Monday, February 20, 2012

A deeply troubling story: the consequences of a foolish Court

A little more than a year ago, on the 2nd of January in 2011, three people--one of them a fifteen year old girl--were brutally murdered in a North Miami Beach home. On January 20th--just a few weeks later--the man who committed these crimes--or at least participated in them--killed himself in a shoot-out in Bradenton, Florida during the commission of another crime.

Nothing all that shocking so far, right? We already know the world is full of people like this, capable of cold-blooded murder or worse. But here's the kicker: this man--Kesler Dufrene--was from Haiti and had been previously convicted of two felonies in the United States. His second conviction was in 2006. He was sentenced to five years, followed by a court-ordered deportation to Haiti.

So when his sentence was up in October, 2010, what happened? He was simply released. Not deported, despite the court order. The reason: the Haitian earthquake in January 2010. Due to the devastation in Haiti, the Obama Administration put a halt to all deportations to that country on humanitarian grounds.

Frankly, it's easy to understand the justifications for the moratorium. After all, criminals deported back to Haiti in the aftermath of the quake would have made matters worse, if they were allowed back on the streets. And the Haitian government hardly had the resources to put them back in jail. Remember, the earthquake had already destroyed Haiti's largest jail, releasing thousands of prisoners back onto the streets.

Given that reality, the obvious decision--the obvious fix--would be to keep people like Dufrene locked up, either in jail or in a detention center, until Haiti was ready to take them back. Unfortunately, the Supreme Court ruled in a 5-4 decision--Zadvydas v. Davis, 2001--that the ICE (Immigration and Customs Enforcement) cannot detain such people indefinitely. The ICE has six months to carry out the deportation, or release the subject. Unsurprisingly, the dissenting Justices in the case were Scalia, Thomas, Kennedy, and Rehnquist. It is worth quoting from Kennedy's dissent:
The 6-month period invented by the Court, even when modified by its sliding standard of reasonableness for certain repatriation negotiations...makes the statutory purpose to protect the community ineffective. The risk to the community exists whether or not the repatriation negotiations have some end in sight; in fact, when the negotiations end, the risk may be greater. The authority to detain beyond the removal period is to protect the community, not to negotiate the aliens’ return. The risk to the community survives repatriation negotiations.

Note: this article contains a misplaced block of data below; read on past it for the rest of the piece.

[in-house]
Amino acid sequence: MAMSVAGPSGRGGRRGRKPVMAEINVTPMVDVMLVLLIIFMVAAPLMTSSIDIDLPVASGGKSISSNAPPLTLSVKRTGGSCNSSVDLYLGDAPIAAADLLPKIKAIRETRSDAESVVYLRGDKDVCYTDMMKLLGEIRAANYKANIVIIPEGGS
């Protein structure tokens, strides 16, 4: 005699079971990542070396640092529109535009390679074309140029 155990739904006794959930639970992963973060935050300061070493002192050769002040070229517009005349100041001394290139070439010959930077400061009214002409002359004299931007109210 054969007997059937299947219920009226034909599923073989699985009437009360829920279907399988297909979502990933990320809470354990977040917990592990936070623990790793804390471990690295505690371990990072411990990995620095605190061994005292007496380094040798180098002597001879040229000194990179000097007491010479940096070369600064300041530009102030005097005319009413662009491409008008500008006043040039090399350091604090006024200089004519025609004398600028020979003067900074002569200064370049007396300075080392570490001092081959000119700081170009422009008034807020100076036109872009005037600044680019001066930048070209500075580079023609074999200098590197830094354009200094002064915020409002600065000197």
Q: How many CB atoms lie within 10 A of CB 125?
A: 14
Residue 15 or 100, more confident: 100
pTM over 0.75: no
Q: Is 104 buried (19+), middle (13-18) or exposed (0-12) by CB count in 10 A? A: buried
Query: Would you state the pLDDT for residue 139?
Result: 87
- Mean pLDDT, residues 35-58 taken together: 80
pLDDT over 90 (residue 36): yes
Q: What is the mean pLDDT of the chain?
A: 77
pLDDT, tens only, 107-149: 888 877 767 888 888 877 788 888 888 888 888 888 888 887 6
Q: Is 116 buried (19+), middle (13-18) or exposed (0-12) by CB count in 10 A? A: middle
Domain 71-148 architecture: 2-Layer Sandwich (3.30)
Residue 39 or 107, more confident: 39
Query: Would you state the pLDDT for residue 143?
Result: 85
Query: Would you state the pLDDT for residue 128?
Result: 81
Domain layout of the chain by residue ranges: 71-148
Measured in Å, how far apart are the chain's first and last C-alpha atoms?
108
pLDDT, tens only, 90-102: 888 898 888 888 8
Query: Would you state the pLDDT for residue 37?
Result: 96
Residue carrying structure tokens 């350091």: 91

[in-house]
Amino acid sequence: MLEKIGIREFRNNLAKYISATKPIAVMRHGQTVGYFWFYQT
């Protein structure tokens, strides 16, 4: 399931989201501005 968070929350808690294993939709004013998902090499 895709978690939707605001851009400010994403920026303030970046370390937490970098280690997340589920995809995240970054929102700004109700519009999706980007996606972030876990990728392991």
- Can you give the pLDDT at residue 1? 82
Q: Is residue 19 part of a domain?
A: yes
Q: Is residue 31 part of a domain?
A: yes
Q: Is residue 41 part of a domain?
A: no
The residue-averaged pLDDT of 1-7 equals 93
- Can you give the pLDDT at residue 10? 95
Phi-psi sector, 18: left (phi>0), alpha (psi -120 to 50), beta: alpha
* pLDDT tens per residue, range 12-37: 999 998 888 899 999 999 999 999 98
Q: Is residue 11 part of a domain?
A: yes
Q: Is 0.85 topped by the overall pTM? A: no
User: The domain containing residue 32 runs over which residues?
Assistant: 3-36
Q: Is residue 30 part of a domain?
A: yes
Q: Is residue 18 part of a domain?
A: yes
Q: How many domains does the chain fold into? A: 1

Note the issue here for Kennedy: statutes in place already gave the Attorney General the right to detain people scheduled for deportation as long as necessary in order to complete the process, because of the possibility that the deportee might pose a real danger to society. The majority--in creating the six-month limit--ignores this issue completely, setting aside public safety in order to extend Constitutional protections for individuals who have either forfeited their citizenship or who never had citizenship to begin with.

Remember, this ruling was handed down over a decade ago, yet we now see how prescient Kennedy's dissent was, with regard to the case of Kesler Dufrene. And he likely has some company. The Miami Herald has confirmed that nearly 700 Haitian convicts were released in the same way during 2010. And it gets worse:
Tens of thousands of deportees, most of them Cubans convicted of serious felonies, are currently out on supervised probation because Cuba won’t accept them back. A Texas Republican House Representative last year unsuccessfully pushed a bill that would have given the government the right to indefinitely detain people who cannot be deported.
This is exactly the issue that Kennedy was addressing in his dissent of 2001. The fact that negotiations with another country have not been successful in achieving an agreement to accept deportees does not relieve the government--or should not, I have to say, since the Supreme Court ruled otherwise--of its responsibility to insure public safety.

While I cannot fault the Obama Administration for halting deportations to Haiti on humanitarian grounds, I can and do fault it for not revisiting this ruling by the Court. Good sense should have prevailed; dangerous and career criminals scheduled for deportation should not have been released. They should have remained behind bars and the Attorney General should have explained why this had to be. If some wanted to question such actions, they could have taken the issue back to the courts and perhaps--eventually--the Supreme Court would revisit the issues and make a proper ruling.

If that had happened, perhaps fifteen year old Ashley Chow would not have been brutally murdered in her home. And who knows how many more cases like hers are out there.

Cheers, all.

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